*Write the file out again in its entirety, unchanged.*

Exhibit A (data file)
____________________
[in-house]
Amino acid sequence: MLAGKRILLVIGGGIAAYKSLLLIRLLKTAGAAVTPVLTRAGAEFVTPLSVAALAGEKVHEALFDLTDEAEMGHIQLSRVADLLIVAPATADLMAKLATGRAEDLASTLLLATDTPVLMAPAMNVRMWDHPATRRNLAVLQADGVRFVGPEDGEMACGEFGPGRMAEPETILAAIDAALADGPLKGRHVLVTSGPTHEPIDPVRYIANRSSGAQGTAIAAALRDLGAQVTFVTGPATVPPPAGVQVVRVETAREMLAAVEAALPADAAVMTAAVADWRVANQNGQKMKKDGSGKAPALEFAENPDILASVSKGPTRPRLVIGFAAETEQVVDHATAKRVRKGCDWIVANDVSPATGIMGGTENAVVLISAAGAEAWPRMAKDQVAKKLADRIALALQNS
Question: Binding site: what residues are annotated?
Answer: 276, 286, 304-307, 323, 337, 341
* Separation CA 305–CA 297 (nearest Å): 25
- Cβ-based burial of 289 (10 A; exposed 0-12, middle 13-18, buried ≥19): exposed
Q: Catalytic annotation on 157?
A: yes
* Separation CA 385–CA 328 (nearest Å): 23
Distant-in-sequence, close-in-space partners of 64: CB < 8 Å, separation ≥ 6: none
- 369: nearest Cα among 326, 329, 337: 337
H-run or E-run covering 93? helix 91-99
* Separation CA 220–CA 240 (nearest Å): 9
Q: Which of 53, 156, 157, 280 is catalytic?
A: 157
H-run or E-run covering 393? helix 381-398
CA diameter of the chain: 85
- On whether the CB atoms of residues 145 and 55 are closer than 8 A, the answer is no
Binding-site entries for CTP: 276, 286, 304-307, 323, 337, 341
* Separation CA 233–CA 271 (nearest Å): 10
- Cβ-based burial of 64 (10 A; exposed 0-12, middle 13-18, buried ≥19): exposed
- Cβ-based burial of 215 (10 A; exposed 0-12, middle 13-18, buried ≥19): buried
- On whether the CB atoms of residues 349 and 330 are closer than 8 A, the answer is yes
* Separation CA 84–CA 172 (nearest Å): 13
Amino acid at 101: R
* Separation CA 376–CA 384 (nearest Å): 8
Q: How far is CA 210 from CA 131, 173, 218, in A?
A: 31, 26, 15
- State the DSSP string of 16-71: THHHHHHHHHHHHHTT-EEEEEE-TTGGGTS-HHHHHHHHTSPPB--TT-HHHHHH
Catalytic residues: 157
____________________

[in-house]
Amino acid sequence: MLAGKRILLVIGGGIAAYKSLLLIRLLKTAGAAVTPVLTRAGAEFVTPLSVAALAGEKVHEALFDLTDEAEMGHIQLSRVADLLIVAPATADLMAKLATGRAEDLASTLLLATDTPVLMAPAMNVRMWDHPATRRNLAVLQADGVRFVGPEDGEMACGEFGPGRMAEPETILAAIDAALADGPLKGRHVLVTSGPTHEPIDPVRYIANRSSGAQGTAIAAALRDLGAQVTFVTGPATVPPPAGVQVVRVETAREMLAAVEAALPADAAVMTAAVADWRVANQNGQKMKKDGSGKAPALEFAENPDILASVSKGPTRPRLVIGFAAETEQVVDHATAKRVRKGCDWIVANDVSPATGIMGGTENAVVLISAAGAEAWPRMAKDQVAKKLADRIALALQNS
Question: Binding site: what residues are annotated?
Answer: 276, 286, 304-307, 323, 337, 341
* Separation CA 305–CA 297 (nearest Å): 25
- Cβ-based burial of 289 (10 A; exposed 0-12, middle 13-18, buried ≥19): exposed
Q: Catalytic annotation on 157?
A: yes
* Separation CA 385–CA 328 (nearest Å): 23
Distant-in-sequence, close-in-space partners of 64: CB < 8 Å, separation ≥ 6: none
- 369: nearest Cα among 326, 329, 337: 337
H-run or E-run covering 93? helix 91-99
* Separation CA 220–CA 240 (nearest Å): 9
Q: Which of 53, 156, 157, 280 is catalytic?
A: 157
H-run or E-run covering 393? helix 381-398
CA diameter of the chain: 85
- On whether the CB atoms of residues 145 and 55 are closer than 8 A, the answer is no
Binding-site entries for CTP: 276, 286, 304-307, 323, 337, 341
* Separation CA 233–CA 271 (nearest Å): 10
- Cβ-based burial of 64 (10 A; exposed 0-12, middle 13-18, buried ≥19): exposed
- Cβ-based burial of 215 (10 A; exposed 0-12, middle 13-18, buried ≥19): buried
- On whether the CB atoms of residues 349 and 330 are closer than 8 A, the answer is yes
* Separation CA 84–CA 172 (nearest Å): 13
Amino acid at 101: R
* Separation CA 376–CA 384 (nearest Å): 8
Q: How far is CA 210 from CA 131, 173, 218, in A?
A: 31, 26, 15
- State the DSSP string of 16-71: THHHHHHHHHHHHHTT-EEEEEE-TTGGGTS-HHHHHHHHTSPPB--TT-HHHHHH
Catalytic residues: 157